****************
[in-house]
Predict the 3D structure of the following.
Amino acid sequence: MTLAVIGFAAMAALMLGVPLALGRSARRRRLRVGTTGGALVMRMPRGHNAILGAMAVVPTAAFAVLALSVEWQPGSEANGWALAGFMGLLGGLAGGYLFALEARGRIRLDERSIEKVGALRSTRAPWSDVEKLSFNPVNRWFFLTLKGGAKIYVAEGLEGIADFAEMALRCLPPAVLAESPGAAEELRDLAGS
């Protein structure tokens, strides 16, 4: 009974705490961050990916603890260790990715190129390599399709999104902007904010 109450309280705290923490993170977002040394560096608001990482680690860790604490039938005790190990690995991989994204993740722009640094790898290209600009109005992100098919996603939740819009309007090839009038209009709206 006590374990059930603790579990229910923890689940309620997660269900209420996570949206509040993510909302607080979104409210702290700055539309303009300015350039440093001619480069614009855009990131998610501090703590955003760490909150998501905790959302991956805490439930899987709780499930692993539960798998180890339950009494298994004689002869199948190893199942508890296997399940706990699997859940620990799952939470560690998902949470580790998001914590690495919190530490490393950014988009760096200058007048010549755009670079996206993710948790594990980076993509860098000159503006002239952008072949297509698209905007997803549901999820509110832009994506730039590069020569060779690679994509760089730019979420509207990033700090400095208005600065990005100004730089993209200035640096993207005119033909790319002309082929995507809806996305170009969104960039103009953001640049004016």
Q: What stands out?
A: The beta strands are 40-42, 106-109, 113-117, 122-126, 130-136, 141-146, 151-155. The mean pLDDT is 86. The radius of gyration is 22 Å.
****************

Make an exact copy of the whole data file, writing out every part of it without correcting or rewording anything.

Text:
[in-house]
Predict the 3D structure of the following.
Amino acid sequence: MTLAVIGFAAMAALMLGVPLALGRSARRRRLRVGTTGGALVMRMPRGHNAILGAMAVVPTAAFAVLALSVEWQPGSEANGWALAGFMGLLGGLAGGYLFALEARGRIRLDERSIEKVGALRSTRAPWSDVEKLSFNPVNRWFFLTLKGGAKIYVAEGLEGIADFAEMALRCLPPAVLAESPGAAEELRDLAGS
């Protein structure tokens, strides 16, 4: 009974705490961050990916603890260790990715190129390599399709999104902007904010 109450309280705290923490993170977002040394560096608001990482680690860790604490039938005790190990690995991989994204993740722009640094790898290209600009109005992100098919996603939740819009309007090839009038209009709206 006590374990059930603790579990229910923890689940309620997660269900209420996570949206509040993510909302607080979104409210702290700055539309303009300015350039440093001619480069614009855009990131998610501090703590955003760490909150998501905790959302991956805490439930899987709780499930692993539960798998180890339950009494298994004689002869199948190893199942508890296997399940706990699997859940620990799952939470560690998902949470580790998001914590690495919190530490490393950014988009760096200058007048010549755009670079996206993710948790594990980076993509860098000159503006002239952008072949297509698209905007997803549901999820509110832009994506730039590069020569060779690679994509760089730019979420509207990033700090400095208005600065990005100004730089993209200035640096993207005119033909790319002309082929995507809806996305170009969104960039103009953001640049004016």
Q: What stands out?
A: The beta strands are 40-42, 106-109, 113-117, 122-126, 130-136, 141-146, 151-155. The mean pLDDT is 86. The radius of gyration is 22 Å.